06-5-learning-facts.w1120.h2196

Via Science of Us, from the book Make It Stick: The Science of Successful Learning. A book I really want to read to make me even better at studying!

I’ve been asking for a lot of study tips all around this past year and I’ve gotten a lot of great answers, thank you! So, to give back to you, and also as a way to apologise for all my whining about school I want to share what I ended up learning.

Pomodoro. This does not work for me at all. It takes me an incredibly long time to actually finally sit down and get focussed, but when I do, my focus can last for up to three hours. Maybe it’s not healthy, I don’t know, but that’s how I’ve always been so why change? But I think this could be a huge help for lots so here ya go!

Environment. I need somewhere quiet that I can call my own. But libraries push me towards being more active so I will go there when I need a little boost, however I’m always hungry and a lot of my funds will go to food if I study outside of my home so I can’t really afford this and that’s why I push myself to becoming more active indoors. Which leads me to the next point…

SelfControl. An app that blocks websites! There’s also Block Site for google chrome which you can activate at certain set times. I haven’t actually tried the latter but it seems like a really good idea to set times where I can’t surf certain sites when I need to study (…maybe I need to set that up right now instead of procrastinating by doing this write-up… oh well).  If you google ‘block websites app’ you’ll find lots of other programs as well! I also enjoyed this write-up on getting rid of distractions while working. Weirdly, sometimes I notice that periodically checking tumblr also boosts my productivity especially when I’m working on something that’s pretty difficult and heavy to process, but for that I need to be really focussed and motivated. So usually I need to stick to SelfControl.

Fixed times and schedule. I am most productive when I set my alarm clock at 8AM. I might not actually start studying at that moment, but the structure it gives me makes me feel at ease and prepares me to work! I try to have lunch and dinner at around set times, too, and I base the structure of my day around that. A fixed sleeping time is a must as well! If you sleep too little your concentration levels lower and you need all you can get at this moment, so calculate how much sleep you need and stick to those sleeping and waking hours. I know I need 9-8 hours of sleep so I try to go to bed at around 11-12PM.

Studying and anxiety. Are you anxious about school a lot? The only thing that will lessen your anxiety is studying! If your anxiety is really bad, that’s okay! You can do some things that seem pointless but they truly never are, such as creating indexes, revising via Anki… even if you cannot focus at all and you seem to be going through the motions mindlessly, you will still retain some of it and most importantly it will always lessen anxiety because it keeps you busy. You will have the feeling you’ve done something, instead of being disappointed in yourself that you’ve ruined another day, which again lessens your anxiety. Keep this in mind and bite through those difficult times! You can do this, I believe in you!

– The above points in short: get to know yourself, your needs and how, where and when you thrive best!

Studying itself:

1. Go to classes. Classes give you at least an introduction to the material. I write everything down via Evernote. I should probably note less, but this keeps improving the more notes I take. Though, in general, keeping notes and continually writing just helps me focus. The words of a good professor always stick with me as well! If you end up being bored or incredibly annoyed by certain professors (I am very much guilty of this, very very often), try to stick with it and find something good about the class or prof (I once had a prof so utterly boring I never skipped a class because I was so fascinated by its dullness!), but if you’re just going to end up checking how many split ends your hair currently has while you keep whispering ‘this self-centred dick with his western european bias and pointlessly teleological course i can’t take this i can’t take this‘, maybe you’re better off skipping class. The thing is, when you skip class, you have to actually put those hours you’d be in class towards studying because you’re doing this all on your own! Sometimes you’ll even end up having to put in more hours then you would if you’d go to class (you have no one to guide you through unknown territory). When skipping class, try to revise at the time you’d be in school. I have not yet reached this goal, but one day I will. Or maybe I’ll have less terrible professors? That would be nice.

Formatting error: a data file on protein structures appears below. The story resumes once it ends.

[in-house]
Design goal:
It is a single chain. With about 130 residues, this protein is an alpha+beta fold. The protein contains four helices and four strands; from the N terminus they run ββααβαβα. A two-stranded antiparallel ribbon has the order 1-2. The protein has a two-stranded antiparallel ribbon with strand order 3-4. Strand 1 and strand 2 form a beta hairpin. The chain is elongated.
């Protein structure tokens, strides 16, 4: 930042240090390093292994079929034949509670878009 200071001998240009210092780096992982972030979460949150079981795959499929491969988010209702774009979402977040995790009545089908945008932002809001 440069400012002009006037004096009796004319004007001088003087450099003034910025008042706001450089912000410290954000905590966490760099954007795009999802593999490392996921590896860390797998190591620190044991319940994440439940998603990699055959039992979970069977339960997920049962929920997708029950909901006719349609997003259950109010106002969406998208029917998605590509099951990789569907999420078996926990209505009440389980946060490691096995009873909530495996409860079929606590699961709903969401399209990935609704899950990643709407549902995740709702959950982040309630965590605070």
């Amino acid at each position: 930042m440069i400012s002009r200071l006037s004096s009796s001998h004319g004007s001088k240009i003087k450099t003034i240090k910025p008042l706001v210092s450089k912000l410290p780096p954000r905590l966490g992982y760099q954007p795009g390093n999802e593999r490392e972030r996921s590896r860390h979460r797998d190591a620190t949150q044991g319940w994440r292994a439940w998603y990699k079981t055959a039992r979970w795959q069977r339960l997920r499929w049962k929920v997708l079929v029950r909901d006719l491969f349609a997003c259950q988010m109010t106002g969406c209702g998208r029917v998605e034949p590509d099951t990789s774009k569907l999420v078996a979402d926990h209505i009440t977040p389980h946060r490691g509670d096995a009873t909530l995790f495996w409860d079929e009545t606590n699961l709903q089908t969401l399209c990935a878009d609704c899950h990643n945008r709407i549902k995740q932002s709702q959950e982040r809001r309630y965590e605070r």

2. Read the course material. Work on chapter per chapter. Don’t do huge chunks at once! You need to understand the story a chapter is trying to tell you! First read something diagonally. Then write down the index of all the titles (if there is none, try to make one yourself) so you can keep checking where you’re at to understand the whole story. Proceed to actually read. Try to note down some thoughts you have while reading or quickly write a synops of paragraphs, especially those you don’t understand well. Highlight the most important sentences. Remember that a lot of times a writer repeats the idea at the end of a paragraph! If you read that you can easily find what are truly the most important sentences in the text. Use different colours but don’t go wild. If there’s names and terms you need to know by heart underline them in a different colour. Sometimes I try to use different highlighters for theory and examples but it usually just ends up confusing me and making me anxious when I accidentally highlight something in the wrong colour. So, for me, it’s best to stick to one highlighter and one or two differently coloured pens for terms and extra comments.